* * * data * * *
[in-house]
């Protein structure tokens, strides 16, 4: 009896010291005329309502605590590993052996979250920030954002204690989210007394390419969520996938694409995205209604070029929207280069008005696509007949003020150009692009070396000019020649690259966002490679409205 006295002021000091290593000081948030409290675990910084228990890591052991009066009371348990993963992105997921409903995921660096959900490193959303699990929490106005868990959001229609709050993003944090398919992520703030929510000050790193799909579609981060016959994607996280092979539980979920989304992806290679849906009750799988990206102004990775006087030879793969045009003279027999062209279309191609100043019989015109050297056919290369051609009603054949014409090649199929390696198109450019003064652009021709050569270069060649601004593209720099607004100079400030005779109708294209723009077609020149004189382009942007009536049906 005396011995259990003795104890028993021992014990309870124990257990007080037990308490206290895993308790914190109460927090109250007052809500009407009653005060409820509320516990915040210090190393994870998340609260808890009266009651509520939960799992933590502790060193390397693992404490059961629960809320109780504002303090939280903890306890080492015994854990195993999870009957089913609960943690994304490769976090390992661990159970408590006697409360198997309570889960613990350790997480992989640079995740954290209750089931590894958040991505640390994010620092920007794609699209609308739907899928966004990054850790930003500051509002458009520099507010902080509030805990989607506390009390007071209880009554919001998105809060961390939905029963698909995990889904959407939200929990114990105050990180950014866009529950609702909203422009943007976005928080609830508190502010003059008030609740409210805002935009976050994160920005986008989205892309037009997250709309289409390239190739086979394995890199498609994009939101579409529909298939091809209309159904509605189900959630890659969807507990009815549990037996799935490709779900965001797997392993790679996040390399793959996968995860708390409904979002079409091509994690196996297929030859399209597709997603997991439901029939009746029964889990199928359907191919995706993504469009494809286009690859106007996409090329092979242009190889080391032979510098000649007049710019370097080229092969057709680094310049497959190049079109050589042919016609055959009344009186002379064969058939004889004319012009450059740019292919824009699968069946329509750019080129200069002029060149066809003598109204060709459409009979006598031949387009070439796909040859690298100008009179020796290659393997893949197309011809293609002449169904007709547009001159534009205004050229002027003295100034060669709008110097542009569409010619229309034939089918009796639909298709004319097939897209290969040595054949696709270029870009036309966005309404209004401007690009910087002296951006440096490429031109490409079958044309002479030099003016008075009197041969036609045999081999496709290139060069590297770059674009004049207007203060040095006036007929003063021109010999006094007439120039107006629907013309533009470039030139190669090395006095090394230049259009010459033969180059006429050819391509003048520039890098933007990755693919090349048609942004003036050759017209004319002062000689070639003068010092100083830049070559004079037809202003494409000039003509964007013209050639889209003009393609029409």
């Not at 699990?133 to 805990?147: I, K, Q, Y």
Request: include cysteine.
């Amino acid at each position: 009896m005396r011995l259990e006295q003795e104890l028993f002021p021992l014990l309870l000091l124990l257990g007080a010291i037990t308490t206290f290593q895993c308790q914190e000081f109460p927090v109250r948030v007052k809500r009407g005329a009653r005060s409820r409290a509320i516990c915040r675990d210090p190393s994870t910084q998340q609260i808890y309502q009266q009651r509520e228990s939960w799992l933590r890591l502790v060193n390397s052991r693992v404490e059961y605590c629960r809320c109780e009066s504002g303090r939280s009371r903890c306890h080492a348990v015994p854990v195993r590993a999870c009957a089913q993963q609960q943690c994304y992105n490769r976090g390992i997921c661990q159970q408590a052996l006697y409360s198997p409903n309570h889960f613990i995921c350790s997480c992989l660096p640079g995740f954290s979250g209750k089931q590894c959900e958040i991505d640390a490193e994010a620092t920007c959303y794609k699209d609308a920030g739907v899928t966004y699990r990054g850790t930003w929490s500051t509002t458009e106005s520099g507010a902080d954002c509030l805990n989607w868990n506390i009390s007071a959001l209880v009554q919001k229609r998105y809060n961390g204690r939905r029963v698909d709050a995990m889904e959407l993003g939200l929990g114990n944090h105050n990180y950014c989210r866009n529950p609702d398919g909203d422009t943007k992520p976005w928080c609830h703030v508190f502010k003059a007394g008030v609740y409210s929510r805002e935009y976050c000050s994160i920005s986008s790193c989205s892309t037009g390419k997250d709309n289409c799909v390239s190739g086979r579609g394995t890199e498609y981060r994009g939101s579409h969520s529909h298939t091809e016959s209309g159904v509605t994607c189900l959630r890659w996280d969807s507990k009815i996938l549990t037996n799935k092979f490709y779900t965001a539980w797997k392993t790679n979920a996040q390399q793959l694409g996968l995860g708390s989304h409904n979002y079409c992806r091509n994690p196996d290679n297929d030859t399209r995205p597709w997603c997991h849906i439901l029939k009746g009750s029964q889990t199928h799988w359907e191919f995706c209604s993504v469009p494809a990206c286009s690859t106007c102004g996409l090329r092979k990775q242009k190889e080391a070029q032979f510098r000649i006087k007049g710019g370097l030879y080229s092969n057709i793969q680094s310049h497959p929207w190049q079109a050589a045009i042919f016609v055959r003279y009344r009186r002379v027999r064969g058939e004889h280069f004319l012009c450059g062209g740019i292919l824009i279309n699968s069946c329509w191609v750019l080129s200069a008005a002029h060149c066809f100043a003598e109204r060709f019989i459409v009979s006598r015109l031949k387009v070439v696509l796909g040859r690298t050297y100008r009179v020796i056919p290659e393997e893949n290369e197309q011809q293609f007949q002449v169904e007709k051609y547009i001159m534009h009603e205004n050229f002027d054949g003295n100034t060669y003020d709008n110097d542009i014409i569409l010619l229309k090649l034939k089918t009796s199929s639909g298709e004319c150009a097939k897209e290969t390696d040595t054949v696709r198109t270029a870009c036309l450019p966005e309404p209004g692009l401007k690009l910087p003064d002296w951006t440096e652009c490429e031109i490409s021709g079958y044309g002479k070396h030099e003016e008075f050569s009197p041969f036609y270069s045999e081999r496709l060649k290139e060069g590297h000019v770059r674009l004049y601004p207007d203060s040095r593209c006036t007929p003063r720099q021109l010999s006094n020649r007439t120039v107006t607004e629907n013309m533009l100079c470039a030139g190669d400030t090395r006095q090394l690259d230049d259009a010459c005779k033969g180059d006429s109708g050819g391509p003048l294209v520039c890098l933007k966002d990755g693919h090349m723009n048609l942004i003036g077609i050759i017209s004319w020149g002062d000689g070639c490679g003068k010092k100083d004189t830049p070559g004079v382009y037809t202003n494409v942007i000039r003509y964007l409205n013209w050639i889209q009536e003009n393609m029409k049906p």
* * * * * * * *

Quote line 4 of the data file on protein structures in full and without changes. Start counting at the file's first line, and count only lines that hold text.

Request: include cysteine.